An animal activist named by Colorado Gov. Jared Polis to the Board of Veterinary Medicine has resigned after exchanging insulting comments about farmers and ranchers with Boulder’s Marlon Reis.
Reis is the governor’s spouse, Colorado’s “First Gentleman,” and a friend of animal activist Ellen Kessler. She filled a citizen position on the Board of Veterinary Medicine. Her resignation becomes effective Feb. 11.
Kessler responded to a Facebook post from Reis on Jan. 19 by calling farmers and ranchers “lazy and nasty.” The starting point for the discussion was from Montana’s Missoulian newspaper about a collaboration program for ranchers who deal with grizzly bears.
Referring to recent attacks by newly introduced wolves in Northern Colorado on cattle, Kessler claimed ranchers used their cows to “bait” wolves to receive compensation for the loss of their animals.
“These techniques could easily translate into activism in Colorado for soon-to-be-introduced wolves and other predators already living among us,” Kessler wrote. “Would our lazy and nasty ranchers/cattlemen even raise a finger to make something like this work, or is using a cow to bait the wolves their solution? A living cow doesn’t make money for them. Only a dead cow does. If the slaughterhouse doesn’t pay them for the carcass, they’ll blame the predators, so the state will pay them for livestock lost from predators. What a racket. What a scam.”
The first the governor likely heard about the Facebook comments came on Jan. 21 during his participation in a Voice of Rural Colorado meeting where he was confronted with demands for Kessler’s resignation from the vet board.
Kessler turned in her letter of resignation by Monday, and the governor’s office immediately released it.
“The Governor appreciates that Ms. Kessler has taken responsibility for the impact of her hurtful words,” the statement released by the office said. “He looks forward to selecting a veterinary board member that better shares his strong respect for Colorado’s hard-working ranchers and helps build confidence in the practice of veterinary medicine across our state.”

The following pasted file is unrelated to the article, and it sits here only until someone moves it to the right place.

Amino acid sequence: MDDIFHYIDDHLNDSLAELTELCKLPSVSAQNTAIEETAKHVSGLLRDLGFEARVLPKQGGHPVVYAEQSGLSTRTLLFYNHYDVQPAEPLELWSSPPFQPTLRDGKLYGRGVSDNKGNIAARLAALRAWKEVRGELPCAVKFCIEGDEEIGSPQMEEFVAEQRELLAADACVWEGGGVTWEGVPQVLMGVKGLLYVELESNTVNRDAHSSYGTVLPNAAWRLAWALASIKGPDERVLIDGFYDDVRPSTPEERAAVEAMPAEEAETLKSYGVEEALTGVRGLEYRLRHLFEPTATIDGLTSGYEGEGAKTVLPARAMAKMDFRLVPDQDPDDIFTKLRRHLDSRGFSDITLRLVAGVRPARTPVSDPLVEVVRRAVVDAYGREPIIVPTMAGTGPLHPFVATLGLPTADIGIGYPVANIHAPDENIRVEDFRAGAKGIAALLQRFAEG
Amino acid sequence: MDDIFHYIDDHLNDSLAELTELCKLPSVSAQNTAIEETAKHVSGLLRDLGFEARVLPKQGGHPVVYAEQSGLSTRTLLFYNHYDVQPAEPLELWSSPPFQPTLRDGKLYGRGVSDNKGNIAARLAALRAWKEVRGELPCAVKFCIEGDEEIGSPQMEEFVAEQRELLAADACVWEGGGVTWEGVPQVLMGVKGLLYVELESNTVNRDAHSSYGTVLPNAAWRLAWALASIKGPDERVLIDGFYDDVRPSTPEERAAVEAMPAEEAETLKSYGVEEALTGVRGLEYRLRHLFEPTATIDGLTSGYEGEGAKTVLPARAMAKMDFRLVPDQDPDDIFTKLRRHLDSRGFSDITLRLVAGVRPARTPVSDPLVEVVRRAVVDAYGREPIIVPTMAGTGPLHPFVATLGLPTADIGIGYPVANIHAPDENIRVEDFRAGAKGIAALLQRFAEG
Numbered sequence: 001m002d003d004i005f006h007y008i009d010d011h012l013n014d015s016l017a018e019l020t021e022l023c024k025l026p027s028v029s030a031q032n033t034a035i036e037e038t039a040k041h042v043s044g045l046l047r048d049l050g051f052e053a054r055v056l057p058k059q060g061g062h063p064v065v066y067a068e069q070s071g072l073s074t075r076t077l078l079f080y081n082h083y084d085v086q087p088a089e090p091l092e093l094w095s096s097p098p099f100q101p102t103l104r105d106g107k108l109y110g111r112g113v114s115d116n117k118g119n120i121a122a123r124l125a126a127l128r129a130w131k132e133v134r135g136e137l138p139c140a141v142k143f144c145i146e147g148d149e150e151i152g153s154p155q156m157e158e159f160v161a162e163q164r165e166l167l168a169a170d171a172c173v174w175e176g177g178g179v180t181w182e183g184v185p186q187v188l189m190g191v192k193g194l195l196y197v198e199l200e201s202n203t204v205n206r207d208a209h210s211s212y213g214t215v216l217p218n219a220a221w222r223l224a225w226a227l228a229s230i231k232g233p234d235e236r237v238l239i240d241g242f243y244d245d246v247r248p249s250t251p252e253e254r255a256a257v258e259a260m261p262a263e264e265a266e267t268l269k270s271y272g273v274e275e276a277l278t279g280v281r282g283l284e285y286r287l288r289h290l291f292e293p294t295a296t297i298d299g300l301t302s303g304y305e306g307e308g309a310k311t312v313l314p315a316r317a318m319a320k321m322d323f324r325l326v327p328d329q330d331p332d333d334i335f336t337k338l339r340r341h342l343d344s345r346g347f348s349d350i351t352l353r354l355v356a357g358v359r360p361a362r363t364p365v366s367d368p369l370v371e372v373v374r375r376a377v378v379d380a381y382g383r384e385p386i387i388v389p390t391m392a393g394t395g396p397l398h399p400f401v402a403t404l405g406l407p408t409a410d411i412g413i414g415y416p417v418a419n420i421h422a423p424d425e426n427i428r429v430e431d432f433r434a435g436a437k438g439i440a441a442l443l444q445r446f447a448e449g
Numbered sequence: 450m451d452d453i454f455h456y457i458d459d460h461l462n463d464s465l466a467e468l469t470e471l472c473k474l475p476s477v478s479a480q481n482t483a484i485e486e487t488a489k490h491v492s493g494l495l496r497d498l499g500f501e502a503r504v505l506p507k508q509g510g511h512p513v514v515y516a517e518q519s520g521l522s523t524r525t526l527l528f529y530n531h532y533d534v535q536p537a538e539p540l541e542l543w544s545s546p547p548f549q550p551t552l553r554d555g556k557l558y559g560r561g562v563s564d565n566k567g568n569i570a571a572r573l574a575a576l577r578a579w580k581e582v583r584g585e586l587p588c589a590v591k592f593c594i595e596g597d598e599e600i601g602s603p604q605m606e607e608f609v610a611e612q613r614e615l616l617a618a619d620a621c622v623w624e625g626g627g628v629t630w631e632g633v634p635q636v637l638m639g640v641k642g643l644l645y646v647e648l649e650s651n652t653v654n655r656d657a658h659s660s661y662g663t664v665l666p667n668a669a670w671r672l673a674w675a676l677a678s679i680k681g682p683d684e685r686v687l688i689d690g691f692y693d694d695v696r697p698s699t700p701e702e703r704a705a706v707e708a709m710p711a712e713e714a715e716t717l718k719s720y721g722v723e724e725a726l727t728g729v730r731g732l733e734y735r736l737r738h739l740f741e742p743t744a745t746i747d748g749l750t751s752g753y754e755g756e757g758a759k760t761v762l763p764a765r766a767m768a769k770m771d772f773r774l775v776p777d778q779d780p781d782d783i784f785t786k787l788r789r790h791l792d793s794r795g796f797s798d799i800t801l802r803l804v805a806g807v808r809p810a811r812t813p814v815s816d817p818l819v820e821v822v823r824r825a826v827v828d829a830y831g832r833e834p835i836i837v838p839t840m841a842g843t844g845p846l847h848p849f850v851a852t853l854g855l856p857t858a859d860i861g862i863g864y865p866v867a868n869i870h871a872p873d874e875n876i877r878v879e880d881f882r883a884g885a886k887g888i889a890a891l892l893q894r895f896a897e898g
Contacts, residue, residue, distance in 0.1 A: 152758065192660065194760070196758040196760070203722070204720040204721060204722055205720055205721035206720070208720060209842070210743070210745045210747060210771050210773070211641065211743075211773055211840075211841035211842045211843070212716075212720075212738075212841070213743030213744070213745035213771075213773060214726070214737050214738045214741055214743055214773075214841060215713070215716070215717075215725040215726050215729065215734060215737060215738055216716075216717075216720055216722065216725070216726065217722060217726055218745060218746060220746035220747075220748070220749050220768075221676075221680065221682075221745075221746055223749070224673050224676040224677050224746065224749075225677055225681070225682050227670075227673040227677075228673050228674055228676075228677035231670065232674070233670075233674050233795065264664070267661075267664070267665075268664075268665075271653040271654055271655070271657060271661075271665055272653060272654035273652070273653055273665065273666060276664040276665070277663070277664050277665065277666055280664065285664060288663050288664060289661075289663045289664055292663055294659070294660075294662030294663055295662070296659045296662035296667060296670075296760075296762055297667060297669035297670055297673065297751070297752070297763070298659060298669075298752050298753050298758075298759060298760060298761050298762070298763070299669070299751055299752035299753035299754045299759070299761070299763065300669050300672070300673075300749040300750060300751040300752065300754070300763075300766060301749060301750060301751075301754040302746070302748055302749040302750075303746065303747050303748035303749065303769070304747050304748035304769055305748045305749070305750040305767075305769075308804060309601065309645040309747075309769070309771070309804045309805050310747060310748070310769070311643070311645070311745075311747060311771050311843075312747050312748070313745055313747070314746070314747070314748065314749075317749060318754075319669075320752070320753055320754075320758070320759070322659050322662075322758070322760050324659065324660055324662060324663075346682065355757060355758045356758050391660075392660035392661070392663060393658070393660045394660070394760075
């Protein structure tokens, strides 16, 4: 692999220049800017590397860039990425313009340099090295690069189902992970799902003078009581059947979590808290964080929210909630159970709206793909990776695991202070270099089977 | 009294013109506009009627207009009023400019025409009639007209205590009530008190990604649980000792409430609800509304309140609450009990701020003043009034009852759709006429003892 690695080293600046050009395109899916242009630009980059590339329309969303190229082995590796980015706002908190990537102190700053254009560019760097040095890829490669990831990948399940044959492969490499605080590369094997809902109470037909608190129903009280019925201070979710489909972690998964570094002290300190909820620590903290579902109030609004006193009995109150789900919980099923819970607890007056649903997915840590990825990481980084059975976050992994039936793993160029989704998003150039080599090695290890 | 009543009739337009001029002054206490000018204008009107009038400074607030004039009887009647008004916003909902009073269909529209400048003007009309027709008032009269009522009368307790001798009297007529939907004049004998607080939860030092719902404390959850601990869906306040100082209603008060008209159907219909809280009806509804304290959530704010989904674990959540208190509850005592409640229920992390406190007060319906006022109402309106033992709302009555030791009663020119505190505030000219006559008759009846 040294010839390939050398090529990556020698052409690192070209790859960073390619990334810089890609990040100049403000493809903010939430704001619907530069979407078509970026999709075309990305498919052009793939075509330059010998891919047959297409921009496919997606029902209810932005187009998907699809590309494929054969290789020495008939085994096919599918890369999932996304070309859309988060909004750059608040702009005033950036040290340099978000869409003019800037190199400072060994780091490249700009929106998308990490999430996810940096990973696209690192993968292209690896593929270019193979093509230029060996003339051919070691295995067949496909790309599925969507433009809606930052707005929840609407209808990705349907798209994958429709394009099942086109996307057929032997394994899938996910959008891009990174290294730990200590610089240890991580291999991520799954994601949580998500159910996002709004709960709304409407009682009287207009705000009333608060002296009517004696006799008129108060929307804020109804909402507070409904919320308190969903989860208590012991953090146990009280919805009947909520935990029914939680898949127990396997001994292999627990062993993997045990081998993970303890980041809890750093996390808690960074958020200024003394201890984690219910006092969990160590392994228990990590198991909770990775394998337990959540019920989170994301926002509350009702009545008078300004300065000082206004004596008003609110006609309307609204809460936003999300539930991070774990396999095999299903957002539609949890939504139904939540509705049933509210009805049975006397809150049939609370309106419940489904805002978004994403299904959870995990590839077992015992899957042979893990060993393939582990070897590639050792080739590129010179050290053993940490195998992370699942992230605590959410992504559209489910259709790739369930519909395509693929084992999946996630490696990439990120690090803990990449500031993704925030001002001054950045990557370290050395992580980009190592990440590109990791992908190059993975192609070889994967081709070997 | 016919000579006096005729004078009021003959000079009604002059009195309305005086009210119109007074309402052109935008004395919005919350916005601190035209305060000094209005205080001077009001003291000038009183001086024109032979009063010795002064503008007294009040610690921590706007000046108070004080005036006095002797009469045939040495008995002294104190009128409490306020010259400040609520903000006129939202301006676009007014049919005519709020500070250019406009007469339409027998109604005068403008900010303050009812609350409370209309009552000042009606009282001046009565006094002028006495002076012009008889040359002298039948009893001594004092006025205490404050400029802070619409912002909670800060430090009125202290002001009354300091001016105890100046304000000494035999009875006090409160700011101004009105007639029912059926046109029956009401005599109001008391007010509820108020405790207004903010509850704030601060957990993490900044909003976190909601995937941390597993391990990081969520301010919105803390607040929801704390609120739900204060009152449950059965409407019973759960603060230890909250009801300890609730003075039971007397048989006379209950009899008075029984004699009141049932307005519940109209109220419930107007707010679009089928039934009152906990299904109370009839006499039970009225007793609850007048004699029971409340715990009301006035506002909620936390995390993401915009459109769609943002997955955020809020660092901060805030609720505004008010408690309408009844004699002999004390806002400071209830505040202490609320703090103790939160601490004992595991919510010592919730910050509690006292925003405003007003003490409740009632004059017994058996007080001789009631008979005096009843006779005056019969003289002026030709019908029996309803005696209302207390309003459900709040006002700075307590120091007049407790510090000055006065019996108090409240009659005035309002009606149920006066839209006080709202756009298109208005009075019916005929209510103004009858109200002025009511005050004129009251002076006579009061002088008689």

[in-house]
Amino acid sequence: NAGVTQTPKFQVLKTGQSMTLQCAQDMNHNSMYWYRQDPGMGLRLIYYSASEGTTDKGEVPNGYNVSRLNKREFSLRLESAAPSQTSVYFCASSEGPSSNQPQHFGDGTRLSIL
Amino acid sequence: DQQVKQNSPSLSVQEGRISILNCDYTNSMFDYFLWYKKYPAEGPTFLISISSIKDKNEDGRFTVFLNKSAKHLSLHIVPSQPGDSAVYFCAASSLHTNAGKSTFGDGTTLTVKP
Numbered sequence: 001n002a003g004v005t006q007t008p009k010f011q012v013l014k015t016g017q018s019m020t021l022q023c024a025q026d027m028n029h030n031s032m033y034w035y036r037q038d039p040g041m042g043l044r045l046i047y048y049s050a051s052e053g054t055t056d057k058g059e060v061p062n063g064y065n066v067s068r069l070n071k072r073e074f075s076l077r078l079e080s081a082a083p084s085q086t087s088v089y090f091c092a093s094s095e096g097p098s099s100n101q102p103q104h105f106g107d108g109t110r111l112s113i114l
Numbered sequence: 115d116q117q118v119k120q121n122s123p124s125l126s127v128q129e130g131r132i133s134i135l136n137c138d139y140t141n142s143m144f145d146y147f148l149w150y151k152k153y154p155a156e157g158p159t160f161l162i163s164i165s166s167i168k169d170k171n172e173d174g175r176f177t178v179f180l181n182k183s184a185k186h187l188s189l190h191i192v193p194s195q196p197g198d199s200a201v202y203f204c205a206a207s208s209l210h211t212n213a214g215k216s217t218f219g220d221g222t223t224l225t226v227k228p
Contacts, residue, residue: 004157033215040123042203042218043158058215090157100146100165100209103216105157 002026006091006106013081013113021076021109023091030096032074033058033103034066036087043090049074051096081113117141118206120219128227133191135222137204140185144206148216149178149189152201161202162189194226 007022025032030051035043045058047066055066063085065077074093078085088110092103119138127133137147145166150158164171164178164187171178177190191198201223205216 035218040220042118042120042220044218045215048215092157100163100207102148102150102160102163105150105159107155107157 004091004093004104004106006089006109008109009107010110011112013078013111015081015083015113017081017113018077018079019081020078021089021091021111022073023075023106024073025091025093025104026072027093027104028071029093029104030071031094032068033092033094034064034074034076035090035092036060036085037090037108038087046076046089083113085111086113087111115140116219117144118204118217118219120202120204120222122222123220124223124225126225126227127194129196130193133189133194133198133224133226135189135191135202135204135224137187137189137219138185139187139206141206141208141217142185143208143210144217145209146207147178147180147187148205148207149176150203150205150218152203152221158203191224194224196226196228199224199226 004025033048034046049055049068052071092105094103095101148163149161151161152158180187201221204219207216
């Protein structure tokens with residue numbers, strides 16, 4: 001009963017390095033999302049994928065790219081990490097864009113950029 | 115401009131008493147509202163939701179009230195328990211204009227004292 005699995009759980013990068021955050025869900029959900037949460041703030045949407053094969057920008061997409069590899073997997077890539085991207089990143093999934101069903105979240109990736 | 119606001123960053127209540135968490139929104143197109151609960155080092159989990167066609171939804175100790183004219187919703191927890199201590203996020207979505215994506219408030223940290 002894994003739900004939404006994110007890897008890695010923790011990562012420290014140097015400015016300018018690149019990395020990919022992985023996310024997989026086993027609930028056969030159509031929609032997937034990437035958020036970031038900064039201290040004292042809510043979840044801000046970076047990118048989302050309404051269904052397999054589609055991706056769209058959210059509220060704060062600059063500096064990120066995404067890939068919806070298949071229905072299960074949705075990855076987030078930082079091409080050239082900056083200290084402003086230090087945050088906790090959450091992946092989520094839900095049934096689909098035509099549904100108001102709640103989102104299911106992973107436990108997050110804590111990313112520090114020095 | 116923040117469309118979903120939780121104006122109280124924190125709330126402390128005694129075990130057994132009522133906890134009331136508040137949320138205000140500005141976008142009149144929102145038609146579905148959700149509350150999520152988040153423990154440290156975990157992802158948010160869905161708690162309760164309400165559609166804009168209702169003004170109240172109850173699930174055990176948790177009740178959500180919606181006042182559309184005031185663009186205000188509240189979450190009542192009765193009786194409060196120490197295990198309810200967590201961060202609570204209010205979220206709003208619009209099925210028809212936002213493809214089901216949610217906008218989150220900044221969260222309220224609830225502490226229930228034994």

For her part, Kessler’s resignation letter said: ” I realize that some of my actions have caused anger and discomfort, and I was unprofessional in my judgment.” It went on to offer her apology to Polis and “the citizens of our great state.”
During five terms in Congress, Polis actively participated in the bipartisan “Food Freedom” caucus. He briefly was criticized for supporting “Meat Out Nonday” events during his first term as governor. The governor began sharing his family recipe for beef brisket to balance things out.
Polis named Kessler to the State Board of Veterinary Medicine in 2020. Her term was to run until 2024 as one of two “public” members on the seven-person board. Five of the seven members are licensed, veterinarians.
The Board does not regulate or require the registration of veterinary technicians or grant licenses based upon specialty.
Board activities include licensing veterinarians, investigating complaints about the licensed and unlicensed practice of veterinary medicine, disciplining violators of the law and Board’s Rules, and making, amending, and adopting reasonable rules and regulations that govern the conduct of veterinarians.
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